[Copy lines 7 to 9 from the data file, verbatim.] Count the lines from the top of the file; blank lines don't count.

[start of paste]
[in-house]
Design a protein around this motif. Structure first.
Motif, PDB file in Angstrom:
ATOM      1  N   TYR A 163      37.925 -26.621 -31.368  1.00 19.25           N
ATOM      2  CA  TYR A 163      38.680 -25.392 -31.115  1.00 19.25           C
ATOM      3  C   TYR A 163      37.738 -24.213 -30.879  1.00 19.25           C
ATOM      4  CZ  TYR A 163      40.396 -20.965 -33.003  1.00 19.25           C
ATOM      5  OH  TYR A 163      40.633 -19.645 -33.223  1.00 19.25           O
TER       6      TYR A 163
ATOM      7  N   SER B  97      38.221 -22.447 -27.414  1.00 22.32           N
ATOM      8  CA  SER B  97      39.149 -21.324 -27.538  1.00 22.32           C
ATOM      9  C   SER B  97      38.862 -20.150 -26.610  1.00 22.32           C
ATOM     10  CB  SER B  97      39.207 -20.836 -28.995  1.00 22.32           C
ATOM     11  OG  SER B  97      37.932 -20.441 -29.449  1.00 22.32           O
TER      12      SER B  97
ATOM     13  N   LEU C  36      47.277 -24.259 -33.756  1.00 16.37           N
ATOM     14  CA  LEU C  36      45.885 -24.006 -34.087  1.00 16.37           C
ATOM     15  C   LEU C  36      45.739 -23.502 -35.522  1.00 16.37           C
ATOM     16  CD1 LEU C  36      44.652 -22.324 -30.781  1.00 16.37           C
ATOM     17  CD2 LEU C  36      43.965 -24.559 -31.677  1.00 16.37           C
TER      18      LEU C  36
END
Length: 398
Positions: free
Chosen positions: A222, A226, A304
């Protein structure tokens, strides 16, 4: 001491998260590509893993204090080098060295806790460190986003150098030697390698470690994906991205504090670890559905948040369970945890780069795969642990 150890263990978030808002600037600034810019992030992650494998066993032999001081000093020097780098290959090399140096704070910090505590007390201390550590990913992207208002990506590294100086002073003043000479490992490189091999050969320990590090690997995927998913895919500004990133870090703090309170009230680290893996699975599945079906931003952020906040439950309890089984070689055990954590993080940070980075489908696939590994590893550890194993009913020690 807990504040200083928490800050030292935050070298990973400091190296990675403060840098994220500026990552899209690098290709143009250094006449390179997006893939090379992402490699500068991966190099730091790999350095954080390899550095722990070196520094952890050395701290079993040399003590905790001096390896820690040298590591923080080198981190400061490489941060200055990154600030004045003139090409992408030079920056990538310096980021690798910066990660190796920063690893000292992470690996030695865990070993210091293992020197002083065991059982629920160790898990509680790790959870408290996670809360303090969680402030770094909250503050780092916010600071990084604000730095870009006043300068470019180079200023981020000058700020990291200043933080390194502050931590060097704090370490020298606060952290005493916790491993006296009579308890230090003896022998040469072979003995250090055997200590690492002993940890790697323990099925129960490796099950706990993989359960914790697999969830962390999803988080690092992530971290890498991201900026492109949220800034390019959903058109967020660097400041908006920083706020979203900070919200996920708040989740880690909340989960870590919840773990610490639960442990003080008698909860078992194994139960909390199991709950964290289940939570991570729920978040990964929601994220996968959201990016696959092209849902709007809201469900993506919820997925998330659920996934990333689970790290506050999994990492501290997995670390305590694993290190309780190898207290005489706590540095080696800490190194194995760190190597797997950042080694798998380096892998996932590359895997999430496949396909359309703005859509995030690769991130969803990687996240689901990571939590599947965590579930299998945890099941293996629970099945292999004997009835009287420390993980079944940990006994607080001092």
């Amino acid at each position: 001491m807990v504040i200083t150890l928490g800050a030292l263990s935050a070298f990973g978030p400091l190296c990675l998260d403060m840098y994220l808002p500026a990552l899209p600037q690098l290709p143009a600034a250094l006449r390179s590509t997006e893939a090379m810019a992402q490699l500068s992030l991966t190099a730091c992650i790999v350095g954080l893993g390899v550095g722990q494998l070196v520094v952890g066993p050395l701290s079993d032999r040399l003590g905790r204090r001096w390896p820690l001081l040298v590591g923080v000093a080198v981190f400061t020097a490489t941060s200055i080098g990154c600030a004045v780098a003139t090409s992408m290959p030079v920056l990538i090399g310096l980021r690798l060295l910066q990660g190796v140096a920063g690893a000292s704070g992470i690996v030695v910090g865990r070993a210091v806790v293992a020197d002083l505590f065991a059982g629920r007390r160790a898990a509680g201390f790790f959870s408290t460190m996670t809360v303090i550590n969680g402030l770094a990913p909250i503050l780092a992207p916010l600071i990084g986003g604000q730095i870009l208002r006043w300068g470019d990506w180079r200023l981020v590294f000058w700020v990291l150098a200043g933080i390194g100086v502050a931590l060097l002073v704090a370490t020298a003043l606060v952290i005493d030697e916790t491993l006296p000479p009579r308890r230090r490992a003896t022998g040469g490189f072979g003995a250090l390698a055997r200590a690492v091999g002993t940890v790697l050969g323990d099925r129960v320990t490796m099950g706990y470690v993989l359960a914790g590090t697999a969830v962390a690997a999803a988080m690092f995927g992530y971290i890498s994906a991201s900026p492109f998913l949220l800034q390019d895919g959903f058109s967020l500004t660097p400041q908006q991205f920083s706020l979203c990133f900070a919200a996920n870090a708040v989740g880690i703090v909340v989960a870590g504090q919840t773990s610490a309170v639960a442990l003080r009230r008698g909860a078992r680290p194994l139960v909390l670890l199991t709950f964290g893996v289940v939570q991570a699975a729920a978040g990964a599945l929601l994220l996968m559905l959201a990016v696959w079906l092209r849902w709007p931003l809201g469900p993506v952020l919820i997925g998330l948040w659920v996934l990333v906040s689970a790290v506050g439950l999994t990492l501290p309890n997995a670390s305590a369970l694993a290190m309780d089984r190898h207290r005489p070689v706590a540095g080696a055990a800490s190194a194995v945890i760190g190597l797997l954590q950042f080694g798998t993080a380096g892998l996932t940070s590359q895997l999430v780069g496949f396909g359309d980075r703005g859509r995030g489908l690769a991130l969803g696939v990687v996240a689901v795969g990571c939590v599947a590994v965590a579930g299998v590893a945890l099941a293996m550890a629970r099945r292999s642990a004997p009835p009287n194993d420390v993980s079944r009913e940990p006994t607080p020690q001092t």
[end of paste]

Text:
ATOM      4  CZ  TYR A 163      40.396 -20.965 -33.003  1.00 19.25           C
ATOM      5  OH  TYR A 163      40.633 -19.645 -33.223  1.00 19.25           O
TER       6      TYR A 163